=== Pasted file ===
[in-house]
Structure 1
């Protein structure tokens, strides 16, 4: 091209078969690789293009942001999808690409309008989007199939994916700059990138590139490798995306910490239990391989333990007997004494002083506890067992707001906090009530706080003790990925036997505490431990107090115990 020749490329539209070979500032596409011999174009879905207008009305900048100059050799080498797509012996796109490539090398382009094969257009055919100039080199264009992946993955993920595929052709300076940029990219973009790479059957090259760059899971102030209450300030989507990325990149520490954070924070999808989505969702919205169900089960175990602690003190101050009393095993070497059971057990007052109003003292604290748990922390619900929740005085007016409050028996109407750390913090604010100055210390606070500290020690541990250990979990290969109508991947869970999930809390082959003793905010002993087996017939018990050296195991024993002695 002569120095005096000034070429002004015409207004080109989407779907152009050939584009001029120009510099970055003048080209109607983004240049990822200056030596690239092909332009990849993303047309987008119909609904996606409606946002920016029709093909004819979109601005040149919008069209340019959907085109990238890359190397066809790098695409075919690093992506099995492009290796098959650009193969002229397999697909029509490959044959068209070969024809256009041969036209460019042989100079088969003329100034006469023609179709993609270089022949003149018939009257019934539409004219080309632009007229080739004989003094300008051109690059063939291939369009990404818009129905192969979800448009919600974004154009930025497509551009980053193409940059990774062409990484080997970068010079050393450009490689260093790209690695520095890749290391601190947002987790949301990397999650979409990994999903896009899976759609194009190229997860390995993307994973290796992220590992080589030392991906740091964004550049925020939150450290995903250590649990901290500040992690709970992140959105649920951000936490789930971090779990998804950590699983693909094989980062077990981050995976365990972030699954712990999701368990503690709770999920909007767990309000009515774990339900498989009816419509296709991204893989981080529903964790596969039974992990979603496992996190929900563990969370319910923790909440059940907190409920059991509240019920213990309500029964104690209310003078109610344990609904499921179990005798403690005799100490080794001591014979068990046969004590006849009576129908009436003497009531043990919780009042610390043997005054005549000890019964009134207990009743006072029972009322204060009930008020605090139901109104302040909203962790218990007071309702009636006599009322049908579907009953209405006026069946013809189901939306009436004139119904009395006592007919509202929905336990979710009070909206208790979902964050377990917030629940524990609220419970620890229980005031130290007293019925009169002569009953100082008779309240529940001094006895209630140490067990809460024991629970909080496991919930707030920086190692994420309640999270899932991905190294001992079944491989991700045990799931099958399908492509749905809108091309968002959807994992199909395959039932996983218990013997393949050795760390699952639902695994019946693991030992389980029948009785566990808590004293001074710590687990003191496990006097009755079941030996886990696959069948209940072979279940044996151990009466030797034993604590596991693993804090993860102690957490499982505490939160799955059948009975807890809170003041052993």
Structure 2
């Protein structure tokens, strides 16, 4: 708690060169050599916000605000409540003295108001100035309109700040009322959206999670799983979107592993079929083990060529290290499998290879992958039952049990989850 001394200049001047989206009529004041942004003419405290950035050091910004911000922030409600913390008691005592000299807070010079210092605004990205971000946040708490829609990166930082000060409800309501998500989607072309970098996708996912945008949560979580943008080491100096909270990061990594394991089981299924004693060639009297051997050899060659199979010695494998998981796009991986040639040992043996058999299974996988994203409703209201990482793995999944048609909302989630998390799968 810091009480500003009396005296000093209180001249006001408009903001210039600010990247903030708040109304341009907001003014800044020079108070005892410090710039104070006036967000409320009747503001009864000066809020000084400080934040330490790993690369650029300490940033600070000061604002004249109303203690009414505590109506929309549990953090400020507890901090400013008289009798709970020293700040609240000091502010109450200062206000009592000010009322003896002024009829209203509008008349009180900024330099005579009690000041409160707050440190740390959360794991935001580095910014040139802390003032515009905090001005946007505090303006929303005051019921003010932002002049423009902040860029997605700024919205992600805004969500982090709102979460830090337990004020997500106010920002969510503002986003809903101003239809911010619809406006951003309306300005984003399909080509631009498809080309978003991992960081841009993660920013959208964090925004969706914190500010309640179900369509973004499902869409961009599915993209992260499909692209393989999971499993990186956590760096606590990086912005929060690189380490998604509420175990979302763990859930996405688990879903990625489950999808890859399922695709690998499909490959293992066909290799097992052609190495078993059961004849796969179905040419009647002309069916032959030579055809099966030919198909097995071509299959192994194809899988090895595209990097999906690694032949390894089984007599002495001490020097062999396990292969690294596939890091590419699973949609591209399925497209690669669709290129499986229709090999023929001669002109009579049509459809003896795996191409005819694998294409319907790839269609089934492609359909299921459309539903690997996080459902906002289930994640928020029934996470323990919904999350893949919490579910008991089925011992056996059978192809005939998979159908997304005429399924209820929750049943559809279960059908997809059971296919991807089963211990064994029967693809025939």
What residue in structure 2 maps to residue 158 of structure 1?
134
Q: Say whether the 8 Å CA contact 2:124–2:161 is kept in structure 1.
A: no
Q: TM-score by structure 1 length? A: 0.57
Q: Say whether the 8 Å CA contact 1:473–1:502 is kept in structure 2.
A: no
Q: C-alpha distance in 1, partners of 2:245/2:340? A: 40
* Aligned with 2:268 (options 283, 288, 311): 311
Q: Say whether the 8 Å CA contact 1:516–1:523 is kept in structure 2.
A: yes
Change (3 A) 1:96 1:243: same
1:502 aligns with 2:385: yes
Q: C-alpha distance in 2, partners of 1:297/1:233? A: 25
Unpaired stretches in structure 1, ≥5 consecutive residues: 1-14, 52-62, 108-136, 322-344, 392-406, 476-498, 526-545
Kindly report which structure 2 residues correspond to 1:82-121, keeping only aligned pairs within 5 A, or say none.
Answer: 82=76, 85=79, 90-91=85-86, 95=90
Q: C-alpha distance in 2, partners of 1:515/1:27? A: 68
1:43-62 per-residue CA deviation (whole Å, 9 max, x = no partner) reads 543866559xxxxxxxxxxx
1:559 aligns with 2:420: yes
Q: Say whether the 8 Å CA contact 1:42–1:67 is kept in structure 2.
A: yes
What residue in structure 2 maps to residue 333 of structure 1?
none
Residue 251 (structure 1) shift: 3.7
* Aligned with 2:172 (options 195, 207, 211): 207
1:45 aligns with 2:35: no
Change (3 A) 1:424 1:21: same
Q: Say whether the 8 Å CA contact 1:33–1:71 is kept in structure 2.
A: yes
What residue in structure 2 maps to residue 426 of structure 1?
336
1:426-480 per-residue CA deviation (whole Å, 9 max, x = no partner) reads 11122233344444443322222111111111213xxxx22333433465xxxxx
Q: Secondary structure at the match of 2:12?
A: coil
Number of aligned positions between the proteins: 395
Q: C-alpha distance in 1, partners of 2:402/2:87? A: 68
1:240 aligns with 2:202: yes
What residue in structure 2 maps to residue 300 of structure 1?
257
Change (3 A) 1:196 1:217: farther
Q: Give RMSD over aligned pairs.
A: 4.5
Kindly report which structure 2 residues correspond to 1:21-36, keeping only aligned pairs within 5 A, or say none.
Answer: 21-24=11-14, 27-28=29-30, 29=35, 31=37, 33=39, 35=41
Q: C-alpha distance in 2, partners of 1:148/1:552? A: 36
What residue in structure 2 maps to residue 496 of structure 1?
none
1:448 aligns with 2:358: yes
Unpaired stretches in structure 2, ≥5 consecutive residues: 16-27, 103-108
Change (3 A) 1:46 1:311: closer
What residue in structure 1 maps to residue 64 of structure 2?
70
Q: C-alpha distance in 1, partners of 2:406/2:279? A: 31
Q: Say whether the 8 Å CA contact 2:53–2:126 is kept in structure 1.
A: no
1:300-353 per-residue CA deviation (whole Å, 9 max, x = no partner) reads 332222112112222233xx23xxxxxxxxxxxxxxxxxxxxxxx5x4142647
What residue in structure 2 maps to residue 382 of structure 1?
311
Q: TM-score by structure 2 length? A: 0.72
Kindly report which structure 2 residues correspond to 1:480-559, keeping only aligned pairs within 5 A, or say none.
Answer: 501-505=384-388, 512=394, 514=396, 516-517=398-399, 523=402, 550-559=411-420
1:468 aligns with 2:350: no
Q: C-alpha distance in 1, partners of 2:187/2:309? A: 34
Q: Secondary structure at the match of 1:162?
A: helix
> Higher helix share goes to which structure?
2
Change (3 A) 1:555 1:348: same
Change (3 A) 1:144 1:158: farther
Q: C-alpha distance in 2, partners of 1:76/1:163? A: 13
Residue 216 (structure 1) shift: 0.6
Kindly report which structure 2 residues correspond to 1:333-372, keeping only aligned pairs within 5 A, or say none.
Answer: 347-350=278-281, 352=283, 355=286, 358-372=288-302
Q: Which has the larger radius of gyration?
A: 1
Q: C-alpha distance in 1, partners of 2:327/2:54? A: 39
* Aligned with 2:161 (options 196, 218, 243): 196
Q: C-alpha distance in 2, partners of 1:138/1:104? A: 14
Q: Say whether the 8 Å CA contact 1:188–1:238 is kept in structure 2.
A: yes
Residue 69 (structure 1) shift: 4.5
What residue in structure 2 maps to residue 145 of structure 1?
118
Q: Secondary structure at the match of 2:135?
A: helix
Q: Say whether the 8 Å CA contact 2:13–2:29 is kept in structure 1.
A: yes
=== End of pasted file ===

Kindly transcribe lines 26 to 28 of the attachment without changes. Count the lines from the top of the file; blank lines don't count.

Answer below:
Q: Say whether the 8 Å CA contact 1:42–1:67 is kept in structure 2.
A: yes
What residue in structure 2 maps to residue 333 of structure 1?